Exploring Graphic Design and Typography in Ireland
Course Description: Explore the history of graphic design and typography as it ranges from famed Celtic illumination to modern day applications in print and other media. We will trace how the tools of typography and graphic design evolved in commercial and entertainment enterprises in visiting the Irish Museum of Modern Art, James Joyce Tower at Sandycove, and the National Gallery and Library, in addition to visiting contemporary design studios. Using examples such as James Joyce’s Ulysses as a guide, students will map their experience through journaling, writing, and sketching of studio, gallery, and museum visits, while also collecting material in order to create a typeface or style to express their design journey within Ireland.
Selfish Selfies: Developing a Campaign Against Harmful Tourism in Ireland
Course Description: Explore some of the great tourist destinations that highlight Ireland’s natural beauty while also exploring how the pursuit of the perfect Instagram photo has led to overcrowding and put stress on nature-based tourist destinations. Through observing practices and current methods for deterring harm to the environment in sites such as the Cliffs of Moher as well as Dublin, students will learn about behaviors that lead to undesired effects such as littering, eroding natural landscapes, and overcrowding. After analyzing the issues and witnessing firsthand many of the tourist destinations of Ireland, students will develop a public relations campaign encouraging tourists to respect the environment they are visiting.
English Language & Literature / Psychology / Sociology / Pop Culture
Castles and Cliffsides: Literature of the Emerald Isle
Course Description: Gain an understanding of the rich historical and cultural background to Irish literature by experiencing the locales that have inspired Irish authors over the centuries, including ancient churches and castles, Ireland’s beautiful and mystic landscape, and the historic pubs where iconic music still flourishes. From the Cliffs of Moher to the Giant’s Causeway and from seaside villages to Dublin’s vibrant urban culture, this class will focus on the sources of Irish literature and the magnificent range of ways that Irish authors have depicted the human condition in such literary genres as romanticism, mysticism, satire, Gothic and realism.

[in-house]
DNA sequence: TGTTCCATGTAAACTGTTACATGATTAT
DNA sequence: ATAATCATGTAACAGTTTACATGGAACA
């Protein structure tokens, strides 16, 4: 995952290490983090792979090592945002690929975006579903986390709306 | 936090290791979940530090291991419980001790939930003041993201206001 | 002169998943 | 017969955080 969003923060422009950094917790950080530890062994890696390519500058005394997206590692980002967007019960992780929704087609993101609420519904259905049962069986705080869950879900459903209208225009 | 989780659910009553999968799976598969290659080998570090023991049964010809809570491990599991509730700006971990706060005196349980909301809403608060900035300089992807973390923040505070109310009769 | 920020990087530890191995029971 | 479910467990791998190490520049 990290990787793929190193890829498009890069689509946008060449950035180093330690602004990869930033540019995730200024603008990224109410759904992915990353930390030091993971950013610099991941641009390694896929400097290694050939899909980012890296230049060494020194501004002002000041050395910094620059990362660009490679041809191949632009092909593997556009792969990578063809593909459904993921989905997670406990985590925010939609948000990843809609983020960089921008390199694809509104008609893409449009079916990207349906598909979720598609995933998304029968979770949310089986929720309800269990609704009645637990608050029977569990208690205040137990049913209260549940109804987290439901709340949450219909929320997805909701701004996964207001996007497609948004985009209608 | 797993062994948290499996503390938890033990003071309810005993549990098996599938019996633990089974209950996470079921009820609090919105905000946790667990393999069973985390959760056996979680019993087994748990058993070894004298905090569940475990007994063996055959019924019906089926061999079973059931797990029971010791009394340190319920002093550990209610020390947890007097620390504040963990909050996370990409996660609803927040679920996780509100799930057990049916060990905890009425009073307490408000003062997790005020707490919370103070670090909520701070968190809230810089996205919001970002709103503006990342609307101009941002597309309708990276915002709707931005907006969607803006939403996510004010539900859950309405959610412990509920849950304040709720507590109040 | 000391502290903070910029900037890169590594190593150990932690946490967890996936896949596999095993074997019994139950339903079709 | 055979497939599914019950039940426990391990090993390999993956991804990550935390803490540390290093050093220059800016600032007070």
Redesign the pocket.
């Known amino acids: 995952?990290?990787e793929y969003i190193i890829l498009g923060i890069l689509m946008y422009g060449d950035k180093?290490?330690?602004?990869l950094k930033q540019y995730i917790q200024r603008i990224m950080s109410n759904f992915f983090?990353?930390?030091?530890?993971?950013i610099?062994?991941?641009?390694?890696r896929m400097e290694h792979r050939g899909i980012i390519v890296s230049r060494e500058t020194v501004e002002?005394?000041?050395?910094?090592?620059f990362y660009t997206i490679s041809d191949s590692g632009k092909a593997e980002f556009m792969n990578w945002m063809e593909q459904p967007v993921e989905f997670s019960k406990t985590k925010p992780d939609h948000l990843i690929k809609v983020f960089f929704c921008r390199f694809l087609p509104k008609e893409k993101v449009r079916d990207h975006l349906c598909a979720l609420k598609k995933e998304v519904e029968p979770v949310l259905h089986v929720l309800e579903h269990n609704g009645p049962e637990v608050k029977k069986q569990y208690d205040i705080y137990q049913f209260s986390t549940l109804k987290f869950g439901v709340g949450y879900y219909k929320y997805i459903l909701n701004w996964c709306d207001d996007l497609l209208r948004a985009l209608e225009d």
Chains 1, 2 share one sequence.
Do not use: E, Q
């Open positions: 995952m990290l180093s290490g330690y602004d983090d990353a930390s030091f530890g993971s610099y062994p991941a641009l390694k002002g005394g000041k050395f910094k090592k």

Gender Studies / Interdisciplinary / Pop Culture / History
Enchanted Women of Ireland
Course Description: What do supernatural creatures, like wailing banshees, prankster fairies, and shape-shifting morrigans, have in common with Ireland’s businesswomen, herbalists, widows, and otherwise misunderstood women? In this course we will visit sites in both city and country that provide cultural, literary, and artistic depictions of women in Irish society to gain a better understanding of how women in Ireland have made indelible contributions to Irish history while remaining marginalized. Literature, museums, and natural locations will be our learning sites in our exploration of the evolving roles of women in Irish society as reflected in Irish culture.
Prerequisite: Students should have completed their college’s basic writing requirement
Nursing / Health Care Administration / Social Work
Self-Development of the Healthcare Provider: A Cross-Cultural Examination
Course Description: In this class comparing the American and Irish health care systems, you’ll learn how culture shapes our professional self by influencing how we understand and value the world around us. Awareness of sociocultural influences on health beliefs and behaviors can equip future healthcare providers with skills to transform personal and professional practice. Interaction with healthcare providers while visiting hospitals, pharmacies, public health agencies and research facilities will deepen students' understanding of how Irish and American health systems compare in such areas as healthcare education and public health policies. We’ll also learn how cultural and historical influences shape modern healthcare practices by touring historic sites.